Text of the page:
Is it embarrassing that I didn’t hate If I Stay? The premise is a bit barf-worthy—a girl and her family are in a fatal car crash and Mia (Chloë Grace Moretz), having an out of body experience, goes through her memories It’s A Wonderful Life-style and decides whether or not she wants to live. The trailer focuses on the film’s melodramatic elements (catnip to its intended audience of teenage girls), but fails to touch upon the aspects of the story that actually succeed, like the unique dynamic between classical cellist Mia and her ex-punk rocker parents. The cheesy love story, and even the titular decision, are far less interesting than the exposition, which shows us a household that values milestones like baby’s first concert and parents’ first real job, instead of the classics like first day of pre-school or first car. In a standout scene, Mia’s elementary school brother chants “Iggy Pop! Iggy Pop!” during a car ride.
The characters have surprisingly good taste in music. It’s safe to assume that most teenage girls in 2014 aren’t listening to David Bowie or Beck, let alone Beethoven. The music in the film, aside from poppy, generic original compositions, is almost entirely radio averse. Mia’s parents are the type of people who read Stereogum for their gossip, not TMZ. These characters are almost too cool to be involved in such schlocky melodrama.
As a tear-jerker, though? It’s not that compelling. It’s obvious throughout the film that Mia will choose to live (how else would there be a sequel?). The trailer reveals that she’s the only one who survives the crash, so it’s not at all shocking when the father suddenly croaks. The Fault in Our Stars, also adapted from a young adult novel, does a much better job of soliciting tears. That’s not surprising. TFIOS is a better movie because it’s grounded in reality. Hazel Lancaster, who’s dying of cancer, knows that there’s no magical cure for her illness. She has to cope with the fact that she’ll probably bite it before turning 18. There’s no “should I live, should I die” dilemma. And you can bet, if she had the choice, she would pick the former. She knows that there’s no white light that drags you to heaven, there’s just hospital beds and coffins, and she manages to crack jokes in the meantime.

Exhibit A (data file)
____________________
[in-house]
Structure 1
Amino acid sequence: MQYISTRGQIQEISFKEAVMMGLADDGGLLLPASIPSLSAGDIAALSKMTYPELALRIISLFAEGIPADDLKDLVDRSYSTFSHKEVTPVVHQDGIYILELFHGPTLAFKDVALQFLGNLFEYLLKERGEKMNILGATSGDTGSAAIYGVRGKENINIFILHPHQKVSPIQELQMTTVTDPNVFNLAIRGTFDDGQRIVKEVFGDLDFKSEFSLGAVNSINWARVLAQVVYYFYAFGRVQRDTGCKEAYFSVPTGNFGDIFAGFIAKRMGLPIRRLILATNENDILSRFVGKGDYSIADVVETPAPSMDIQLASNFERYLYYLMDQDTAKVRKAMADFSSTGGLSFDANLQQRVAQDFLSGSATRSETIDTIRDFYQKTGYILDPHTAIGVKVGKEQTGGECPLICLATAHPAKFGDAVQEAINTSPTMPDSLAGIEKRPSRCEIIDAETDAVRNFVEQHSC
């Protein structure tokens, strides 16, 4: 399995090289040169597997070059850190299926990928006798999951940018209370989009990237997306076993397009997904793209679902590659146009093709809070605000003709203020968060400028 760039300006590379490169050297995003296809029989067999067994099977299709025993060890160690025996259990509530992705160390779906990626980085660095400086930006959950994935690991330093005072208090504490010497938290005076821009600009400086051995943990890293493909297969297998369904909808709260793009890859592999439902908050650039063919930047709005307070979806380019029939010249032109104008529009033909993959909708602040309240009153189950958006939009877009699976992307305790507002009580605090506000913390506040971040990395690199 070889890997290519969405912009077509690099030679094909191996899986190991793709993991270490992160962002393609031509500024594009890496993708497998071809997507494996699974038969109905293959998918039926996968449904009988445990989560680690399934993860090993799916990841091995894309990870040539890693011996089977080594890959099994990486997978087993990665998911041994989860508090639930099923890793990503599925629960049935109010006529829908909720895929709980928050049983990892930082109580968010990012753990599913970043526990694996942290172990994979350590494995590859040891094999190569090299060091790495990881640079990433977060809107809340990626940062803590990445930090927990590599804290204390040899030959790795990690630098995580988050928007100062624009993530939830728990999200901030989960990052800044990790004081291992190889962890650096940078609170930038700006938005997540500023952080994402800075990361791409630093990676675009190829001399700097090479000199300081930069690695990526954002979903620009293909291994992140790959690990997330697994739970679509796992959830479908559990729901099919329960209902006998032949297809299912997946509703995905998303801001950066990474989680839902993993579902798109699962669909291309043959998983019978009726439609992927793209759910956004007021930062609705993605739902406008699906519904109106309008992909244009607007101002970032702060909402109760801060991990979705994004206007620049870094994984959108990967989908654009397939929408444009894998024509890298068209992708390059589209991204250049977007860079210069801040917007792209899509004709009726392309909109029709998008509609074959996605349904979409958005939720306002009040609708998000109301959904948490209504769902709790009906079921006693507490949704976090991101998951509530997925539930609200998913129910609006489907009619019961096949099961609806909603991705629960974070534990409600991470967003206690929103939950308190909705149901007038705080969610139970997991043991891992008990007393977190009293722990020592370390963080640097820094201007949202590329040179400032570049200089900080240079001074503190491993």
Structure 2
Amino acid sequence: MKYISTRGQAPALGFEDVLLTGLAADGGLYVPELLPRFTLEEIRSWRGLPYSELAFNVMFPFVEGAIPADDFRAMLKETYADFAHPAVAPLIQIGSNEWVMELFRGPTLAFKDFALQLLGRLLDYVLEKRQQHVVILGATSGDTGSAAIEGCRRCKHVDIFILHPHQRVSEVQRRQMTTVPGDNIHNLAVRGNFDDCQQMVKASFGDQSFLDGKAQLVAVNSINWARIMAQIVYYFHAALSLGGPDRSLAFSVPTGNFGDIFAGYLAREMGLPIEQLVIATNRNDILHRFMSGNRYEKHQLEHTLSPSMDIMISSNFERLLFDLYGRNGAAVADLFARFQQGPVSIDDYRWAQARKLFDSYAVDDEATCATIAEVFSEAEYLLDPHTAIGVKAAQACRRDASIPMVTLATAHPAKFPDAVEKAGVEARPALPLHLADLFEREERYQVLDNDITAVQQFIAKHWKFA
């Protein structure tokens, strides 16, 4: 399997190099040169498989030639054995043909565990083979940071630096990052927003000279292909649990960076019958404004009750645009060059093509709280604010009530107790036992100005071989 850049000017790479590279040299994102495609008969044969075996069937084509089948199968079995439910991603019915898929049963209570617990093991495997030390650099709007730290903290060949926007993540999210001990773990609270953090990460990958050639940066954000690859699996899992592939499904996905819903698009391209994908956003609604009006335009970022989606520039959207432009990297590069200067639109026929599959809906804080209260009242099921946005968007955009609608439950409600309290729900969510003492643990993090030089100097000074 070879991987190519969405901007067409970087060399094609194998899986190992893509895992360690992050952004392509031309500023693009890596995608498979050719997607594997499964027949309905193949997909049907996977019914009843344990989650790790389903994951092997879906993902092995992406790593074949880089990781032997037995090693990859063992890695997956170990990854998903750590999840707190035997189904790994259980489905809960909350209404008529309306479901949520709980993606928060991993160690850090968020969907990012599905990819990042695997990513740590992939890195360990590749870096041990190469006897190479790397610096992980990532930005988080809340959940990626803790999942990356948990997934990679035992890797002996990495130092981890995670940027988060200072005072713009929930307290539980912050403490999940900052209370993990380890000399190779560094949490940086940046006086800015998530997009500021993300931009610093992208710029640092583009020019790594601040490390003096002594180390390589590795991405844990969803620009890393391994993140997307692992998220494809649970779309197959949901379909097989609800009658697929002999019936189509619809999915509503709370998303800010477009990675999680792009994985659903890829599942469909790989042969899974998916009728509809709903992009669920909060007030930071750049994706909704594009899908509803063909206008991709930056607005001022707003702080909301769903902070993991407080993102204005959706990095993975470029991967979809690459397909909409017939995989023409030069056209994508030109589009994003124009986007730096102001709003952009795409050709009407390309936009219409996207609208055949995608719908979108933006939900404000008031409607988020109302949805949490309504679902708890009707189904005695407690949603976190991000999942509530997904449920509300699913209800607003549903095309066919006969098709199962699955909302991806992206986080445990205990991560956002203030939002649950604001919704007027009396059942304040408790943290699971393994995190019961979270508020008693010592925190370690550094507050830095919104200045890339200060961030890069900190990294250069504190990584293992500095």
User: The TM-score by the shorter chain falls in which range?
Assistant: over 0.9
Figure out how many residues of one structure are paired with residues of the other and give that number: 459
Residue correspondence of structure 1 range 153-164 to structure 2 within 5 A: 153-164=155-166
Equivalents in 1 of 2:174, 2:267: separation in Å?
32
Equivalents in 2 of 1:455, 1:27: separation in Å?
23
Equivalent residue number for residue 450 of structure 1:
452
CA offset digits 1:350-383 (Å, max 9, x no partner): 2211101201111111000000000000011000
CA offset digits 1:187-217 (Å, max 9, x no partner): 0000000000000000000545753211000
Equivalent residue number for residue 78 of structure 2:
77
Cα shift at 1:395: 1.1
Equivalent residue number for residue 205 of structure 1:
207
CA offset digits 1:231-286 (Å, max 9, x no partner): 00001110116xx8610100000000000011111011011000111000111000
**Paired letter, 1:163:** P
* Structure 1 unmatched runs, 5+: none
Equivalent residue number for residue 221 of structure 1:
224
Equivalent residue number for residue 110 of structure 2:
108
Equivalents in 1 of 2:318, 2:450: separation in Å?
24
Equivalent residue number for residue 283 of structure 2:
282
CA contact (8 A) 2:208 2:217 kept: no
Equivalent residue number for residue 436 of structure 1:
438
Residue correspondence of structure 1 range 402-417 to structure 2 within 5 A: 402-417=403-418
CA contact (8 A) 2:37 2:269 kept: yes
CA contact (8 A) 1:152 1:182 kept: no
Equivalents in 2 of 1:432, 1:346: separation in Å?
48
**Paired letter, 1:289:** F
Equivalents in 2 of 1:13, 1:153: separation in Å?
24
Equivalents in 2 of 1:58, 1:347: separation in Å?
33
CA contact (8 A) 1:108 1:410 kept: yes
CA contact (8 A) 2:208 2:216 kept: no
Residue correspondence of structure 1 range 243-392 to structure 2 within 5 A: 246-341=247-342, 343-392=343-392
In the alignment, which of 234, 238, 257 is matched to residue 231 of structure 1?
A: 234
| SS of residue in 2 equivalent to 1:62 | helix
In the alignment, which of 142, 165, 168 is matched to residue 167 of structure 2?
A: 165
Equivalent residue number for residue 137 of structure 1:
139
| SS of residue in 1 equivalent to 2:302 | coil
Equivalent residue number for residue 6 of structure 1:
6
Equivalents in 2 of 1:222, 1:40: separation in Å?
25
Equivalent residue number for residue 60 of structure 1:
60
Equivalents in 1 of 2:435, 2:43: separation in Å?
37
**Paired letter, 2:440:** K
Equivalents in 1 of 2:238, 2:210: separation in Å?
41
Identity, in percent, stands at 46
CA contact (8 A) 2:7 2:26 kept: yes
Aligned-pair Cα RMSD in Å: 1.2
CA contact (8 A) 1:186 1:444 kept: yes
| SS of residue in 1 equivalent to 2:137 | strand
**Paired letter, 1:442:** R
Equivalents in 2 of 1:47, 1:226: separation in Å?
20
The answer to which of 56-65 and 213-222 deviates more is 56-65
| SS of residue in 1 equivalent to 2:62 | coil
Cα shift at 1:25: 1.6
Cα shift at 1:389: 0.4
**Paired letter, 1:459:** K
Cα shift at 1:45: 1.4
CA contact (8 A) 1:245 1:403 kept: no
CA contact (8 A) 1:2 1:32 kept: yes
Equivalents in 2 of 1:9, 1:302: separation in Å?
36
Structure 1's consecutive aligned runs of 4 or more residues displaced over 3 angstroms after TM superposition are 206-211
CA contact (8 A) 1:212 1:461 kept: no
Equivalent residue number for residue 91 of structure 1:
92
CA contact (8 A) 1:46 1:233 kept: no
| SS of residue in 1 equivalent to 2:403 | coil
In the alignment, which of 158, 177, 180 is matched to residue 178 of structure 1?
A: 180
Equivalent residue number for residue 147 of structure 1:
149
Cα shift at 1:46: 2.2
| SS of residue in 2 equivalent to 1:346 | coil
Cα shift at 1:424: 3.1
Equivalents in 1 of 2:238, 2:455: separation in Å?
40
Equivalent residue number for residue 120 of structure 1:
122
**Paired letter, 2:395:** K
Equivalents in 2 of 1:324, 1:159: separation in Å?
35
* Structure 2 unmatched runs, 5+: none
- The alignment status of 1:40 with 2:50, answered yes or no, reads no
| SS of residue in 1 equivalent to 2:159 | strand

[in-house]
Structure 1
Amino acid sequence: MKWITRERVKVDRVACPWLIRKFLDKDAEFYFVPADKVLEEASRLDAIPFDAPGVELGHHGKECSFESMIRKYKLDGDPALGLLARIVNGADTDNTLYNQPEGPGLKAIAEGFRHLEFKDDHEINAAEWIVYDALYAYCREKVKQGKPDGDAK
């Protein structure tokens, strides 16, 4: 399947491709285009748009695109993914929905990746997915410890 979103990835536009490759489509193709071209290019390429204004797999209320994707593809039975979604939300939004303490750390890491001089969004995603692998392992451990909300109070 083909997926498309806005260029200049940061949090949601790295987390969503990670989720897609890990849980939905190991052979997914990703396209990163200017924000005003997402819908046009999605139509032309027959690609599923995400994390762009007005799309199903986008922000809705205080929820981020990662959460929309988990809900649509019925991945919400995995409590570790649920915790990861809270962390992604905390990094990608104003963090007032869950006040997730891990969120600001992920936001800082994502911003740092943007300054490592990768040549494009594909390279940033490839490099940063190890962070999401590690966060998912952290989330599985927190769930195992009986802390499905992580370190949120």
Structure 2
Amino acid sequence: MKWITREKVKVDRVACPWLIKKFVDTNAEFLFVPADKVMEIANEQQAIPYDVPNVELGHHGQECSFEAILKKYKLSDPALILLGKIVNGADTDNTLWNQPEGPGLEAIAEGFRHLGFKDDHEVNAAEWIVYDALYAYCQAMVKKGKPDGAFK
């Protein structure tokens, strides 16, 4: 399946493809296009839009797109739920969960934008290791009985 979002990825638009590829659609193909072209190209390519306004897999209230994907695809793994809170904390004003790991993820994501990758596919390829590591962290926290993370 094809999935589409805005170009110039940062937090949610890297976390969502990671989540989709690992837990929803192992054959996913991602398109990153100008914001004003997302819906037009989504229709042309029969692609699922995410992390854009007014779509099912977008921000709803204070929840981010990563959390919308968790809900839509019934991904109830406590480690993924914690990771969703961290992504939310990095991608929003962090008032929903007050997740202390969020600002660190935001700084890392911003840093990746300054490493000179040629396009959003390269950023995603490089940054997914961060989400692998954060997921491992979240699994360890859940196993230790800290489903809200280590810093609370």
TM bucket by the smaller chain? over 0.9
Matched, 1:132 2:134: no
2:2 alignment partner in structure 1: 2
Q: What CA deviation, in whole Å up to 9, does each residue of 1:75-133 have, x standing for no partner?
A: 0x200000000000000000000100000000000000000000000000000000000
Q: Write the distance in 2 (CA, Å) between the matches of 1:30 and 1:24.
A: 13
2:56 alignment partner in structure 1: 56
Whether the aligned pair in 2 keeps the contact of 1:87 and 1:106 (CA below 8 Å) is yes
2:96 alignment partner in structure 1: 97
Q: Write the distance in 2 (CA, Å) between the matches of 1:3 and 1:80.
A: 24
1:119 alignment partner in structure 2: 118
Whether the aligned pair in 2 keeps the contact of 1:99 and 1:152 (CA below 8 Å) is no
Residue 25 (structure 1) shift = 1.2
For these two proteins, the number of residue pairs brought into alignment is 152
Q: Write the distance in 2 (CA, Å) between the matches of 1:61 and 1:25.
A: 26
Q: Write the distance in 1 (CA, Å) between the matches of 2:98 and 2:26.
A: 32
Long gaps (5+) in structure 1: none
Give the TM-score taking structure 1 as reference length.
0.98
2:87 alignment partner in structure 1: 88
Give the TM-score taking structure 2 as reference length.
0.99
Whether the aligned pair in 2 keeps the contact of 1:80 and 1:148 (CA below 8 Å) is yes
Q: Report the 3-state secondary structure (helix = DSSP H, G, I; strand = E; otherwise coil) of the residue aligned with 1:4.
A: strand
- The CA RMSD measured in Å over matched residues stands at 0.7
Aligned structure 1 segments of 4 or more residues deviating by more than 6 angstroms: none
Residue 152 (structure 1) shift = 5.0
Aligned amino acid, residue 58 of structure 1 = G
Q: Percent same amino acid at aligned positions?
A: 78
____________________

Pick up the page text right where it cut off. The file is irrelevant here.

TFIOS is far more tragic than If I Stay, but it’s also funnier. Hazel and Augustus confront cancer with sarcasm and knowingly pretentious existential musings. The main problem with If I Stay is that it takes its ridiculous plot too seriously. Take away the car crash, and you have a musically geared coming of age story about a girl who wants to play the cello at Julliard. Doesn’t that sound more interesting?